IMB researchers top state with pain and immune research

7 Jun 2010

IMB researchers took out two of the four awards on offer at the recent Queensland Health and Medical Research Awards.

Dr Richard Clark won Senior Researcher of the Year for his work on developing a medication for chronic pain using cone snail venom, while Dr Kate Schroder won Postdoctoral Researcher of the Year for completing the first comparison of mice and human innate immune systems.

Chronic pain affects one in ten people at some stage in their life and is very difficult to treat, particularly neuropathic pain, which occurs when the nervous system itself is damaged.

"Many drugs currently on the market for treating neuropathic and chronic pain can have serious side effects, and only work in about a third of patients," Dr Clark said. "The need for new therapies is clear."

Molecules from cone snail venom are very effective in treating chronic pain, however, they are unsuitable for use as drugs because they degrade in the body and don't reach their target.

Dr Clark is investigating a way to stabilise the cone snail molecules by combining them with other molecules that don't degrade. These moelcules are very stable but don't have any effect on the body.

"By combining these molecules, we have engineered one that is targeted, stable and effective," Dr Clark said. He is now applying for funding to further test the molecule and determine if it is safe for use in humans.

Dr Kate Schroder studies the innate immune system, which provides general protection against infection from invading organisms. The innate immune system co-evolves with the pathogens it faces as each tries to get the upper hand.

"It's like an arms race," Dr Matt Sweet, Dr Schroder's former supervisor, said. "An organism will find a way to get around the immune system, so the immune system must co-evolve to enable host survival. But then the organism will find another way of evading the host and so on."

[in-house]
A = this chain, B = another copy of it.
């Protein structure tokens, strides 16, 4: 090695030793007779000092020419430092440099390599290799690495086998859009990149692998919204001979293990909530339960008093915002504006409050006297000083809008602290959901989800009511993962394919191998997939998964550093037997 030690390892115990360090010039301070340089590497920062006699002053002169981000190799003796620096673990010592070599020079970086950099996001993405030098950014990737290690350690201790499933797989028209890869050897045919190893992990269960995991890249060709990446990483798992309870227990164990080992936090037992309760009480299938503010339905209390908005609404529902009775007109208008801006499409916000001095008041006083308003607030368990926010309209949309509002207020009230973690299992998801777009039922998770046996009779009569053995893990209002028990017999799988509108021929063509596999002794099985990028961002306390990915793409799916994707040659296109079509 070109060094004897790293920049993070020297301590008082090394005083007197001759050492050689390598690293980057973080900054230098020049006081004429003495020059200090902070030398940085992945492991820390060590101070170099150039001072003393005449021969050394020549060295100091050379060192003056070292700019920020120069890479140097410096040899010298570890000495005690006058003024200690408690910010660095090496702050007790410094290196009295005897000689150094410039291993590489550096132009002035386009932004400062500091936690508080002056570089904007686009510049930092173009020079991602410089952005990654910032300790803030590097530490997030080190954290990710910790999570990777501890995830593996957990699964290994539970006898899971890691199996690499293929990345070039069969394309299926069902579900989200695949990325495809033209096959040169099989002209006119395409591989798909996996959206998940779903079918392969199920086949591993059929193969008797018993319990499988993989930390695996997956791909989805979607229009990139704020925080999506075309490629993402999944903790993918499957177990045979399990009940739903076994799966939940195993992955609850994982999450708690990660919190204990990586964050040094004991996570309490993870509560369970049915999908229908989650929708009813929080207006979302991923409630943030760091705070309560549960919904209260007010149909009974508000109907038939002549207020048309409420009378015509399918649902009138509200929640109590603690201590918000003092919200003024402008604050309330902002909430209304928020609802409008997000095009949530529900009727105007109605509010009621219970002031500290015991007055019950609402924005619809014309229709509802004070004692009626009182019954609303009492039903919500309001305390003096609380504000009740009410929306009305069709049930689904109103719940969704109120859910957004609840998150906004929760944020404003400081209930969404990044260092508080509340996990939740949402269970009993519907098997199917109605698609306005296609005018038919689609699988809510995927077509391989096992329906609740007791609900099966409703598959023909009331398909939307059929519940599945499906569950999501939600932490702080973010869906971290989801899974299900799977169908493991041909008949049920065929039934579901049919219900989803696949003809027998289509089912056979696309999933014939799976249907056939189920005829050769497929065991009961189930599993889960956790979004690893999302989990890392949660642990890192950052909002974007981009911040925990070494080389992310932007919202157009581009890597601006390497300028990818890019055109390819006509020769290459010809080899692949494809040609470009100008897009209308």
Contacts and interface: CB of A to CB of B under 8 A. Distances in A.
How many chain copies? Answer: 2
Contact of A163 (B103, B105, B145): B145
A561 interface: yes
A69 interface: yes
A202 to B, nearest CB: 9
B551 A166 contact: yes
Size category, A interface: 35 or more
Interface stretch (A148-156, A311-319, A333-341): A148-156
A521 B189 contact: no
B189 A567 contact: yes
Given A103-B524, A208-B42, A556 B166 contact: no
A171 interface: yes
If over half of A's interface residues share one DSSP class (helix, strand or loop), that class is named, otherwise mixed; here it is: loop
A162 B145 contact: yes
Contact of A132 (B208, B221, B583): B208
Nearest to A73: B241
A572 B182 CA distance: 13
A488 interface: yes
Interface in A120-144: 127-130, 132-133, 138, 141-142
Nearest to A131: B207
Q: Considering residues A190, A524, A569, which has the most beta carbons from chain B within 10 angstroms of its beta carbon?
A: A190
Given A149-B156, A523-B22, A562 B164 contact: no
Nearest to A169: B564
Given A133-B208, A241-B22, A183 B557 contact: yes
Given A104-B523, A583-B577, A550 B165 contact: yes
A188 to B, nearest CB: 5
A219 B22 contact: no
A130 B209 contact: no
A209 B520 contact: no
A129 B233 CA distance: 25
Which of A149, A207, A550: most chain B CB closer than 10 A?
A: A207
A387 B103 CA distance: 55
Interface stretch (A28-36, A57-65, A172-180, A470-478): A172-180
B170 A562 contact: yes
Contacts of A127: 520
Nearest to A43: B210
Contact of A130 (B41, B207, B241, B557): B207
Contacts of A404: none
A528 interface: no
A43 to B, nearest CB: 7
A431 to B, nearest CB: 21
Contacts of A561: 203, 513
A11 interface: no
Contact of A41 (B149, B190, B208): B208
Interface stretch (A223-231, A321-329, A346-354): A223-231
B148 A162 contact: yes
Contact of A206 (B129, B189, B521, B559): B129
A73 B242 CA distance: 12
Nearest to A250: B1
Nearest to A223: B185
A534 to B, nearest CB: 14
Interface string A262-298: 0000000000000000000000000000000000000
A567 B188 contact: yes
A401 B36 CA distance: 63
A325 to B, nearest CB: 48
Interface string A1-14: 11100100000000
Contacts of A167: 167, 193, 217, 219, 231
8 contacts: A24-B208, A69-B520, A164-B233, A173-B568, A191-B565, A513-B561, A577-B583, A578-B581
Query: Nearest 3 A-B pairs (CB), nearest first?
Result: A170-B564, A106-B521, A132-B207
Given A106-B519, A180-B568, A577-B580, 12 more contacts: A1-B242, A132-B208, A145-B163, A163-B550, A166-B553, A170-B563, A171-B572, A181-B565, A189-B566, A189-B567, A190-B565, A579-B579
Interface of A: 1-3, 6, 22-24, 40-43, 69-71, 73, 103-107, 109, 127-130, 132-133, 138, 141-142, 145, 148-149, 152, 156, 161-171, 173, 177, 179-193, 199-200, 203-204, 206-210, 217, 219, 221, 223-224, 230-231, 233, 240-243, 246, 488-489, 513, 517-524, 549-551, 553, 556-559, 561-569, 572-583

Innate immunology, like many scientific fields, uses the mouse as a model system for investigating how the immune systems works.  What this means for immunologists is that the mouse and human innate immune systems could have evolved in quite separate ways, as each species battles its own set of pathogens and infectious diseases.

So Dr Schroder analysed the expression of innate immune genes in mice and humans. Genes 'express' when they are turned on, so studying gene expression patterns enables researchers to see which genes are active at a particular location or point in time.

Dr Schroder found the active genes in the mouse and human innate immune systems differ by about 20 percent. This information, and the exact genes which differ, will be useful for immunologists using mice as a model for human diseases.

"Ultimately, once you've identified genes specifically regulated in the human innate immune system, you can focus on identifying their function," Dr Sweet said. "Human-specific genes should be involved in protecting against human-specific pathogens, so this research will give us insights into how the immune system fights infectious diseases relevant to human health."

Dr Schroder has since left the IMB and now works in Professor Jürg Tschopp's laboratory at the University of Lausanne in Switzerland, one of the premier innate immunology laboratories in the world.


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